Navigating the Transition at the Next Level
You can spot the winners early in their careers. Take advantage of every opportunity to support the talented employee in moving ahead. Coaching the new leadership has an enormous payoff for you, the employee and the company, particularly because giving the newly promoted needed support and guidance boosts employee retention.
Promotions occur when employees are good at their jobs. They are performing at the highest level of competence and effectiveness in their current roles. However, at a certain point what they relied on – talent, skills, knowledge – will not be enough. What worked at one level may no longer be effective. They will need a new set of operating instructions, expanded capabilities, different talents and greater leadership skill to be successful at the next level. A shift in how they work will be necessary.
Thanks to Joel, I have become a more mature leader: self-assured and polished in how I present myself. I now have the tools to effectively manage my career and professional image.
40% of newly promoted employees fail in the first 18 months
Unfortunately, most organizations pay little attention to the newly promoted manager. This lack of support translates to a 40% failure rate in the first eighteen months.
They’ve already proven themselves as capable and confident in their prior role, so the company thinks they don’t need support in their new role. They will be just fine. And the newly promoted employee feels extra confident due to the accolades, recognition, raise and new title. Asking for and receiving support doesn’t feel necessary. So, they fly under the radar, sabotaging their chances for success. Since promotions often lead to failure, businesses need to recognize the need for promotions and employee retention strategies to work hand-in-hand.
|Five Ways to Set Up Promotions for Success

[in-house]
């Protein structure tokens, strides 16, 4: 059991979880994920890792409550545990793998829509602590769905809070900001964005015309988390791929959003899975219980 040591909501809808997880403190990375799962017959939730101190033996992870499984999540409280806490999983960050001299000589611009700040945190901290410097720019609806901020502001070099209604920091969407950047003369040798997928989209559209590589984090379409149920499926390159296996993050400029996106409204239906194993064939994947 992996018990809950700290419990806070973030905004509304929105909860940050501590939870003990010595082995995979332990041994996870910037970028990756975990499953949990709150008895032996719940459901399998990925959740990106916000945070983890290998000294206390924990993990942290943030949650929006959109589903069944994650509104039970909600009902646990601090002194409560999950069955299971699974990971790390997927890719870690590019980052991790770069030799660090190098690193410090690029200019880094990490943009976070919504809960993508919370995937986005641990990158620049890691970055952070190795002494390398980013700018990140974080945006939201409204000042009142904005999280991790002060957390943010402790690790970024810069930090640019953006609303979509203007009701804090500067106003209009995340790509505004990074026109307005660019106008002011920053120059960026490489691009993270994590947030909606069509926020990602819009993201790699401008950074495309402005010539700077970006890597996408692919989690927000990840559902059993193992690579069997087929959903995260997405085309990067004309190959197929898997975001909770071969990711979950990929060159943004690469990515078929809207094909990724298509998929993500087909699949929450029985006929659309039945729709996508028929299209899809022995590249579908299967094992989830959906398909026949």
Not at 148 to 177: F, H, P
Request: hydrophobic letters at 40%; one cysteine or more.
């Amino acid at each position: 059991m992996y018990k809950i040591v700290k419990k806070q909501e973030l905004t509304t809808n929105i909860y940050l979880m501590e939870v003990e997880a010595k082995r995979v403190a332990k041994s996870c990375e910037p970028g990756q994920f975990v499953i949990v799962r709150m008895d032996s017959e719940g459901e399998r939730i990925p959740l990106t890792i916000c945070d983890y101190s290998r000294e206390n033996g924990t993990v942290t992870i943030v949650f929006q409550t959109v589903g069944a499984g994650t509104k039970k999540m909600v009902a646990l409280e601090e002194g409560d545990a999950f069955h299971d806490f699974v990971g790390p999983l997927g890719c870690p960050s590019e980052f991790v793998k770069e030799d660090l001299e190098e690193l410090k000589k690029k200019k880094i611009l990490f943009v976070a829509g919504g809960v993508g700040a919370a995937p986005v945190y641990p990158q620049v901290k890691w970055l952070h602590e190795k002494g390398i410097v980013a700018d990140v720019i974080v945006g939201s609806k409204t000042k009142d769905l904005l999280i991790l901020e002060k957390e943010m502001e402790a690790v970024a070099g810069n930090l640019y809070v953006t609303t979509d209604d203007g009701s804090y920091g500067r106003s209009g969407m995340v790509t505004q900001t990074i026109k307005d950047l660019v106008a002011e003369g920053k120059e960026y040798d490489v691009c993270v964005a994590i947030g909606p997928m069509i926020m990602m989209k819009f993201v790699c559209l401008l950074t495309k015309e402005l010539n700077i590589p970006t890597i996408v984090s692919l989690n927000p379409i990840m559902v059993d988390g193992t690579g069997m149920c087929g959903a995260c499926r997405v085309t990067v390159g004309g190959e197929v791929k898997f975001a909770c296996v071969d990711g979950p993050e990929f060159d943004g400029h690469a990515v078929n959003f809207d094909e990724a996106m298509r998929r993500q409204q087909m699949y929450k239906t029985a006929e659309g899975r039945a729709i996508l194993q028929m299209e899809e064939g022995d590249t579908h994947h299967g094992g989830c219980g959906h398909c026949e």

When an employee is promoted, there is always a transition period while the employee adjusts to the new position. As a manager, there are many ways you can help a newly-promoted employee excel. Here are five steps you can take to set up your new promotions for a successful transition.
Help the Newly Promoted Succeed with a 6-12 Month Executive Coaching Program
Invest in your new leaders to ensure immediate success. Outside counsel and guidance from an executive coach will ease the transition into a new management job. The higher up they are in an organization, the less support a newly promoted manager receives. They are busy with new responsibilities, leading a different team, managing higher-level priorities. An expanded role can easily derail the recently promoted employee.
The Newly Promoted Challenge:
The newly promoted manager or supervisor faces many challenges in their new management job. They are experiencing a tremendous amount of pressure, both from the company and from themselves. Often, minimal support is provided to help employees navigate the new role.
The newly promoted can feel unprepared, unsupported and alone. They don’t know how to fire someone, motivate underperformers, manage former peers and lead a new team. On top of all this, most of their managers want immediate results and don’t have the patience to wait for them to grow and mature in their new roles.
For the organization and its human resource managers, these challenges can cause increased turnover, employee complaints and a disengaged newly promoted leader.
DDI study of 1,130 newly promoted managers
- 60% learn their jobs through trial and error
- 42% had no clear idea of what was expected of them, or what success in their new position would look like.
Retain Employees after the First 90 Days
Making a newly promoted employee’s introductory months successful involves more than one might think. In addition to instructing them in the tasks and responsibilities required of their new management job, leadership must provide the newly promoted with the necessary support so they can succeed in their new role. Ignoring the newly promoted is a critical mistake, one that can mar employee retention. Promotions can sometimes create a sink-or-swim situation that makes it difficult to retain employees. The first 90 days at a new management job or new role within the company is a critical window. Don’t let your employees stagnate at the top; consider bringing in an executive coach.
Help Your New Leaders Succeed with Active Support
Senior leadership and human resource managers must provide active support to the newly promoted leader. Without this support, the organization creates a sink or swim situation. Don’t leave their success to chance. Equip them to succeed.
These are the future leaders of the organization. Grow them. Support them.
Prioritize their development.